Stories of how God has transformed us.

Stories of how God has brought life out of death.

Stories of how we have experienced grace and forgiveness and love.

And no matter how many fits and starts and mistakes any of us make along the way, my prayer is that someday, each of us will trust in the promises of shalom.  That we will trust in God and in this community of Christ in such a way that whenever difficulty and struggle come our way, we can hold fast and support each other, knowing, trusting, believing that in Christ, all will be well.


For the first 20 or so years of my life, I understood salvation as one concrete idea: that Jesus died for my sin on the cross.

Substitutionary Atonement is what we call it.  Jesus took our place.  He was our substitute and paid the price for our sins.

But before too long, I discovered that I was terribly mistaken.

Not about Jesus dying for our sins.

But about thinking that was all salvation meant.


In its fullest sense, “Salvation is ‘God’s deliverance of those in a situation of need… resulting in their restoration to wholeness.’ It is restoration because salvation does not offer something new; it is God’s original intent for creation.” (Introduction, The Lord is Our Salvation)

The best word I can find to describe that original intent, the life that God intends for each of us is the word shalom.

It means completeness, wholeness, well-being.

And God’s work of salvation in Jesus Christ rescues us from whatever hell we might experience in our lives that has destroyed shalom, so we might experience life and life abundant once again.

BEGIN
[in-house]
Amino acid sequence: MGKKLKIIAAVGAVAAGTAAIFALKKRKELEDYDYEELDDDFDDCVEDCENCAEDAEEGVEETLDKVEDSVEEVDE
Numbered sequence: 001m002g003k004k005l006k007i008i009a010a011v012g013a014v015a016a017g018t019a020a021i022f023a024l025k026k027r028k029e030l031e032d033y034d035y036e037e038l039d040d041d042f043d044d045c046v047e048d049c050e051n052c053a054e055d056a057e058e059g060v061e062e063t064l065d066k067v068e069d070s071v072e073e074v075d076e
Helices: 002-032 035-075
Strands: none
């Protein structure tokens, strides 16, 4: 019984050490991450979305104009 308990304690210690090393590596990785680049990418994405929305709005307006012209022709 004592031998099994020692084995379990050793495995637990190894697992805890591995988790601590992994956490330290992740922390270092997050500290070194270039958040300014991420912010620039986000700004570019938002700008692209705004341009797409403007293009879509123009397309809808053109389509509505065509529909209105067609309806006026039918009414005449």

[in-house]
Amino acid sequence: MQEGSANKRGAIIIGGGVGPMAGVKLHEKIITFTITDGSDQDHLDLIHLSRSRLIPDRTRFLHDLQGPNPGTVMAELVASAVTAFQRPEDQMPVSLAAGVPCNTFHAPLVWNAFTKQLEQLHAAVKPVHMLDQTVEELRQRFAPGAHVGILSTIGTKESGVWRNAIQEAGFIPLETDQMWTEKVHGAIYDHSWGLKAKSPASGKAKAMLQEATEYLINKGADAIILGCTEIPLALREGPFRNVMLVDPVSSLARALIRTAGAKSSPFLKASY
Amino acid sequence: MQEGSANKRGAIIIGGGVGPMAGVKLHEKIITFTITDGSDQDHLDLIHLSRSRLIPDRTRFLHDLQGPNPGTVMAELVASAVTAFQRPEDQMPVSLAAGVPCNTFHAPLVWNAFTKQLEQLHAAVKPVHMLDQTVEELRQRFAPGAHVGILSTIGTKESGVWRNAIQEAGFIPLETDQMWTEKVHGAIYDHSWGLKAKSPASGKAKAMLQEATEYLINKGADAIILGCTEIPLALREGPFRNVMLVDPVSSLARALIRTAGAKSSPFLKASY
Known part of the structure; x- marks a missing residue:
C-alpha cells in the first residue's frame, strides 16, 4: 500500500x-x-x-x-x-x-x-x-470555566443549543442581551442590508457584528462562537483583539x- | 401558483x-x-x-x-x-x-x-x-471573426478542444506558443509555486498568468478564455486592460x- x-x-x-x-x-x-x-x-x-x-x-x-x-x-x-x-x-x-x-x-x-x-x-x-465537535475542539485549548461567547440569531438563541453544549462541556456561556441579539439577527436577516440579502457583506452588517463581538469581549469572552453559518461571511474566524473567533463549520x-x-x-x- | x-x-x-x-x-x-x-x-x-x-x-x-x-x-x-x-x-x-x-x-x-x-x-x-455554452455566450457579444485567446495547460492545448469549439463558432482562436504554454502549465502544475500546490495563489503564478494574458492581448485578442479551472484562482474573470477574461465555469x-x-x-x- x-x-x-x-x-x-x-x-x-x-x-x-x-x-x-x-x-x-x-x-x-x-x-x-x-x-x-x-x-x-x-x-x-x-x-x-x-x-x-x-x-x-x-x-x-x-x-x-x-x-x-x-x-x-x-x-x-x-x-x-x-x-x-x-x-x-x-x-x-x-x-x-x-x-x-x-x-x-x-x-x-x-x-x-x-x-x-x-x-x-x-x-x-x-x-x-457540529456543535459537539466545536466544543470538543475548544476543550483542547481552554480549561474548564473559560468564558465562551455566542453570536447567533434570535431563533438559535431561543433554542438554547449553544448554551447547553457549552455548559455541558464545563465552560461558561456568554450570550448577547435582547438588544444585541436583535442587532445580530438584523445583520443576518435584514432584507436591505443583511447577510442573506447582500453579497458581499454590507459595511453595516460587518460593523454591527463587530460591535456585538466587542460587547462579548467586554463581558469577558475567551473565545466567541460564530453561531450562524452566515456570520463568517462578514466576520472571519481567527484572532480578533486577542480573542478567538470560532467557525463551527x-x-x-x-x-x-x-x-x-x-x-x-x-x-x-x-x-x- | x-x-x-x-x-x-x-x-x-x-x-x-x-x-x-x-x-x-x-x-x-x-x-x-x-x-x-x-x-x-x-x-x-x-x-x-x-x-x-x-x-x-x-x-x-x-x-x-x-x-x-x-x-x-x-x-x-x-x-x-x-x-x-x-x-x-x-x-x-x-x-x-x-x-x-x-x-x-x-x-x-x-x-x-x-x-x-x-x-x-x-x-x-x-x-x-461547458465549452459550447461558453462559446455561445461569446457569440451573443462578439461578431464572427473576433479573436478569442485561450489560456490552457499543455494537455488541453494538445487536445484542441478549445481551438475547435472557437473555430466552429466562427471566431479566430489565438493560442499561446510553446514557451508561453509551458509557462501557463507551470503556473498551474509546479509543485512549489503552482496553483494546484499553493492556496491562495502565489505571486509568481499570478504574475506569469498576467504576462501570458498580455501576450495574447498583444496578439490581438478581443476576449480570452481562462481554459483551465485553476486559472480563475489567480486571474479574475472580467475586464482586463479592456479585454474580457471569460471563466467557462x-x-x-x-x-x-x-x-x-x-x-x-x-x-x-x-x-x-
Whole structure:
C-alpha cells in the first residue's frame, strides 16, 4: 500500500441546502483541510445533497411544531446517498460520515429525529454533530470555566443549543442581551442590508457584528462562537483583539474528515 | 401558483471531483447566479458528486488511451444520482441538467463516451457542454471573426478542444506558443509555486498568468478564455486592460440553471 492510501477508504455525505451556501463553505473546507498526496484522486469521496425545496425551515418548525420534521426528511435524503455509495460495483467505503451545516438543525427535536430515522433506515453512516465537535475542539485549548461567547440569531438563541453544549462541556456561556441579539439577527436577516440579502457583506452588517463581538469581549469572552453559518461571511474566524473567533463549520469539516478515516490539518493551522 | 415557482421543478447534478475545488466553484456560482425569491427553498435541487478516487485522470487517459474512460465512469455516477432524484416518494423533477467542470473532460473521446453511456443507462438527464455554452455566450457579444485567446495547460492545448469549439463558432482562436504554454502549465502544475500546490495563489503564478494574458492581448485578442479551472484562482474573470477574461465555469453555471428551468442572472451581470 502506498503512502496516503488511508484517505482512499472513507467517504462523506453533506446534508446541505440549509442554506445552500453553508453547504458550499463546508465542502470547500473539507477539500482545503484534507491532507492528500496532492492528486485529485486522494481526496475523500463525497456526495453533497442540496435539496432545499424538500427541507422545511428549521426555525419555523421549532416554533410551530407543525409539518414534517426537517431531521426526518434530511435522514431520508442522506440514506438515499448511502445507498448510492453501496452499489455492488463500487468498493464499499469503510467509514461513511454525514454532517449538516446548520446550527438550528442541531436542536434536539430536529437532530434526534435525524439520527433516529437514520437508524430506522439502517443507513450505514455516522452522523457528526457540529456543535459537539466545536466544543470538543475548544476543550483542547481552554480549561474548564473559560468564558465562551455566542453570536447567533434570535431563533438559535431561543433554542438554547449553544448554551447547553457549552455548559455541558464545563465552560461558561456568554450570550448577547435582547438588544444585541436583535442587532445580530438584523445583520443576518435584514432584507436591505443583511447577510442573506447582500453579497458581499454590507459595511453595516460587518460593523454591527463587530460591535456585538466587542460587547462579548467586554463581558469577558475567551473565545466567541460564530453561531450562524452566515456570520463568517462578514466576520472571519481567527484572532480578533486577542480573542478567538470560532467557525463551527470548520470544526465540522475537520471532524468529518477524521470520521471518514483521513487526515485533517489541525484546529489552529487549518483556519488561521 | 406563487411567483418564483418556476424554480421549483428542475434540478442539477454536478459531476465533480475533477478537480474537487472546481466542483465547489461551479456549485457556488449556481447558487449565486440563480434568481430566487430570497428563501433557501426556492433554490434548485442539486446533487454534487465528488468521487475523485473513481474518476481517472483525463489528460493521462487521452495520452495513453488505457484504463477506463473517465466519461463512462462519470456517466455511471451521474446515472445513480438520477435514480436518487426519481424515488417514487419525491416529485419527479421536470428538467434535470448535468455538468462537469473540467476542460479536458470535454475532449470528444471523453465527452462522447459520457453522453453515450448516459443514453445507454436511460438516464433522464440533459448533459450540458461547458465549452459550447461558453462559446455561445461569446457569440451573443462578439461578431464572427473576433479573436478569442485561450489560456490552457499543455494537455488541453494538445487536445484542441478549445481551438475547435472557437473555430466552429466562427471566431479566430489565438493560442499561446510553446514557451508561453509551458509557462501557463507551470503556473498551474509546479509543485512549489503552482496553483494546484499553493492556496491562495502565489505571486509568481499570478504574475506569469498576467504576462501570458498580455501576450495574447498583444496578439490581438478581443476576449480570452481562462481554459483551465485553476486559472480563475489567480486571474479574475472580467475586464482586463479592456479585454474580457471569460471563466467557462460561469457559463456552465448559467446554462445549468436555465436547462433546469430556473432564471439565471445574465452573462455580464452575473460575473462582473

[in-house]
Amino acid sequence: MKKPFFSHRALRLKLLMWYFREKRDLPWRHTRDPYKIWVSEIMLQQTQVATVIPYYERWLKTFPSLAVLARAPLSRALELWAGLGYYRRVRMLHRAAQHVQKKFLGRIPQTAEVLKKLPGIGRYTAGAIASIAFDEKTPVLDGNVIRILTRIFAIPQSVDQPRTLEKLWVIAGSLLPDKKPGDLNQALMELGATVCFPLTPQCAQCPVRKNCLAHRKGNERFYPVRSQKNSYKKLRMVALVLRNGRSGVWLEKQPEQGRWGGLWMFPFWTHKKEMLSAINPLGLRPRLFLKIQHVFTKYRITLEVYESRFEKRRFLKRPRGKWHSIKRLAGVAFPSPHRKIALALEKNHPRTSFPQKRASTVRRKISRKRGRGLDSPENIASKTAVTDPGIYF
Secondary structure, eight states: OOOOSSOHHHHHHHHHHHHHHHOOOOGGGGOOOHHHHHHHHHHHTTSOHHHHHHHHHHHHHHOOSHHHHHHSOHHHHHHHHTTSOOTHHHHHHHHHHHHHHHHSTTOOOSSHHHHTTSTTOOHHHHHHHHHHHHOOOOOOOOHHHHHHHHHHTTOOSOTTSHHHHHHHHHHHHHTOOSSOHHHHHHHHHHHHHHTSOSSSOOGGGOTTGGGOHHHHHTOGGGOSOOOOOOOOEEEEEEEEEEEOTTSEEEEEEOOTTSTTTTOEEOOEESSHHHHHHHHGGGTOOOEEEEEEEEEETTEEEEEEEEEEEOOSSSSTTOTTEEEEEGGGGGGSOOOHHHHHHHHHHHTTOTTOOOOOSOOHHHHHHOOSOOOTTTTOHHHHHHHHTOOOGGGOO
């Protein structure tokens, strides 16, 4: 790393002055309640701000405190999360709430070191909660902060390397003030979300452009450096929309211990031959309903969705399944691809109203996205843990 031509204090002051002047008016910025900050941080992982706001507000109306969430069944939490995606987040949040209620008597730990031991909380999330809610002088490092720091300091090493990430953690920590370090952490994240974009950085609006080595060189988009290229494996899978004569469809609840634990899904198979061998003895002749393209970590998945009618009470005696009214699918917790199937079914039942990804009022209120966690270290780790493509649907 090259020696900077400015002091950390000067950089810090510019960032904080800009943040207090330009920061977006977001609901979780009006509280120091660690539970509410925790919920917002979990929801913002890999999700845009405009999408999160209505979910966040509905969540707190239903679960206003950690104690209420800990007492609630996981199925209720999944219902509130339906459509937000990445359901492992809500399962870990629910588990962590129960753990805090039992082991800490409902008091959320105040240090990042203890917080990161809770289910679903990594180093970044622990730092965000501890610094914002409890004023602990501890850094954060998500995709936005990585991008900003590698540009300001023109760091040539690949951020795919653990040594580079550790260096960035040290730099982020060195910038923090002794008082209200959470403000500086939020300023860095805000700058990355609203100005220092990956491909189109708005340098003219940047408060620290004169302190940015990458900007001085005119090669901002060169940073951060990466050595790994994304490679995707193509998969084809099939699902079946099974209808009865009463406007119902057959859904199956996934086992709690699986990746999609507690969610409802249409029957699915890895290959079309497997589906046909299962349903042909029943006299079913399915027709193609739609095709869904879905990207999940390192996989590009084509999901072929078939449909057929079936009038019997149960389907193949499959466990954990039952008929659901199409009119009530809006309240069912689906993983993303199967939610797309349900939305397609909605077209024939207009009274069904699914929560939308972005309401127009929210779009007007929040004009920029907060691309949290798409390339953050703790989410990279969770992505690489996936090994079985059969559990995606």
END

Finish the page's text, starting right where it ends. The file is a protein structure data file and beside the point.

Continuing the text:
Christ dying and paying the price for our sins is one piece of that work of salvation.  But it isn’t the only one.

In fact, in the Western world, there are three major understandings of what the cross means, all different ways of talking about how Jesus saves us.

These are called atonement theories.  They describe how we become at-one again with God… how we are brought back into shalom… how we experience wholeness once again.

The first is the one most of us grew up being familiar with – a Forensic understanding of salvation.   These theories say we are like a defendant on trial and have been found guilty of breaking our covenant with God. So, a penalty must be paid.  Jesus knows we are guilty and out of love, pays the price for us.  He satisfies the debt we owe.

The second is called Moral Example.  This grouping of theories claims that the cross is the natural outcome of the life of Jesus, who spoke truth to power and dared to love those who society rejected.  And in his life and death, Christ shows us how we should live, too.

The third of the major groupings is called “Christus Victor” – Christ as the Victor!  This theory claims that in the eternal battle for good and evil, we are imprisoned by sin and held captive by Satan.  Jesus defeats death and evil on the cross and we are set free.


Throughout this season of Lent, we are going to see how this isn’t a debate or competition about which of these sets of theories is right, but that each and every one of them is a part of the whole.  Taken all together, they describe how God continually and relentlessly works to bring us salvation, to restore us to shalom.

I want to share with you one more scripture this morning as we hear the word.

In 1 Peter, chapter 3 we hear:

17 It is better to suffer for doing good (if this could possibly be God’s will) than for doing evil.

18 Christ himself suffered on account of sins, once for all, the righteous one on behalf of the unrighteous… 

19 And it was by the Spirit that he went to preach to the spirits in prison. 


Right there, in three verses, all three of these major theories are at play.  Be like Jesus and suffer for doing good… He died because of our sins… and he went down to hell and preached to the spirits in prison.


This morning, we are going to focus on the idea of being rescued.  1 Peter tells us, and the Apostles Creed affirms that Jesus descended to the dead.  He went down into hell after the crucifixion to preach to the spirits held in the prison of death.

The verses go on to say:

In the past, these spirits were disobedient—when God patiently waited during the time of Noah. Noah built an ark in which a few (that is, eight) lives were rescued through water.

As we remember in our first reading this morning, the whole world was drowning in sin… and eight lives were rescued through the water.